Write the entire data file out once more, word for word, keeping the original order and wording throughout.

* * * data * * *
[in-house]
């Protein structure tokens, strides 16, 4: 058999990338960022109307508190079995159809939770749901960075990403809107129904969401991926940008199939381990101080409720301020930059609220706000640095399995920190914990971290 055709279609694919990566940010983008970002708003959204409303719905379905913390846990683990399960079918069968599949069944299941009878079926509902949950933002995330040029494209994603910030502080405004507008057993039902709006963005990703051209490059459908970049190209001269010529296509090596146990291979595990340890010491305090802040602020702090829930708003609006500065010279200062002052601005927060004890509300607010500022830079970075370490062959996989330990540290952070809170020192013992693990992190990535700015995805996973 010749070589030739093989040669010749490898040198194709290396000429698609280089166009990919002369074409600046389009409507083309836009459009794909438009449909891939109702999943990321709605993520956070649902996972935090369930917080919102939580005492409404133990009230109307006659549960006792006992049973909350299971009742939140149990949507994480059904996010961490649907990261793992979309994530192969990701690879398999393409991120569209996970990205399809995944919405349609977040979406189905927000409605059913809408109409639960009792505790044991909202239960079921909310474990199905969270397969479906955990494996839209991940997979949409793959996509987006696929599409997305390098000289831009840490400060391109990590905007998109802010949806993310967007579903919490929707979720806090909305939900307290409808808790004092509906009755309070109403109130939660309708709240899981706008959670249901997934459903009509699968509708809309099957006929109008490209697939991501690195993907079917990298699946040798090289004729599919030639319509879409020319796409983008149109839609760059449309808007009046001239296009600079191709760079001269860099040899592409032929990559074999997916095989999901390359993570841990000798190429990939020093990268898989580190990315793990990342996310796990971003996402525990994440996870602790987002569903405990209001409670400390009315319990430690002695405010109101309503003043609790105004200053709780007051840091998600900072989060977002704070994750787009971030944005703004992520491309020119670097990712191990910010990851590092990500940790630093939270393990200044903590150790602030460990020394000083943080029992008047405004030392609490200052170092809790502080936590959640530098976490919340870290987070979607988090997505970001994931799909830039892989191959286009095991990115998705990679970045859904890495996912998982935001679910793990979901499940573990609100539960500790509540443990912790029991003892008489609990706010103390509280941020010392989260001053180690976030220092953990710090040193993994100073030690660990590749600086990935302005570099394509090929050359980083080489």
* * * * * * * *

[in-house]
């Protein structure tokens, strides 16, 4: 058999990338960022109307508190079995159809939770749901960075990403809107129904969401991926940008199939381990101080409720301020930059609220706000640095399995920190914990971290 055709279609694919990566940010983008970002708003959204409303719905379905913390846990683990399960079918069968599949069944299941009878079926509902949950933002995330040029494209994603910030502080405004507008057993039902709006963005990703051209490059459908970049190209001269010529296509090596146990291979595990340890010491305090802040602020702090829930708003609006500065010279200062002052601005927060004890509300607010500022830079970075370490062959996989330990540290952070809170020192013992693990992190990535700015995805996973 010749070589030739093989040669010749490898040198194709290396000429698609280089166009990919002369074409600046389009409507083309836009459009794909438009449909891939109702999943990321709605993520956070649902996972935090369930917080919102939580005492409404133990009230109307006659549960006792006992049973909350299971009742939140149990949507994480059904996010961490649907990261793992979309994530192969990701690879398999393409991120569209996970990205399809995944919405349609977040979406189905927000409605059913809408109409639960009792505790044991909202239960079921909310474990199905969270397969479906955990494996839209991940997979949409793959996509987006696929599409997305390098000289831009840490400060391109990590905007998109802010949806993310967007579903919490929707979720806090909305939900307290409808808790004092509906009755309070109403109130939660309708709240899981706008959670249901997934459903009509699968509708809309099957006929109008490209697939991501690195993907079917990298699946040798090289004729599919030639319509879409020319796409983008149109839609760059449309808007009046001239296009600079191709760079001269860099040899592409032929990559074999997916095989999901390359993570841990000798190429990939020093990268898989580190990315793990990342996310796990971003996402525990994440996870602790987002569903405990209001409670400390009315319990430690002695405010109101309503003043609790105004200053709780007051840091998600900072989060977002704070994750787009971030944005703004992520491309020119670097990712191990910010990851590092990500940790630093939270393990200044903590150790602030460990020394000083943080029992008047405004030392609490200052170092809790502080936590959640530098976490919340870290987070979607988090997505970001994931799909830039892989191959286009095991990115998705990679970045859904890495996912998982935001679910793990979901499940573990609100539960500790509540443990912790029991003892008489609990706010103390509280941020010392989260001053180690976030220092953990710090040193993994100073030690660990590749600086990935302005570099394509090929050359980083080489």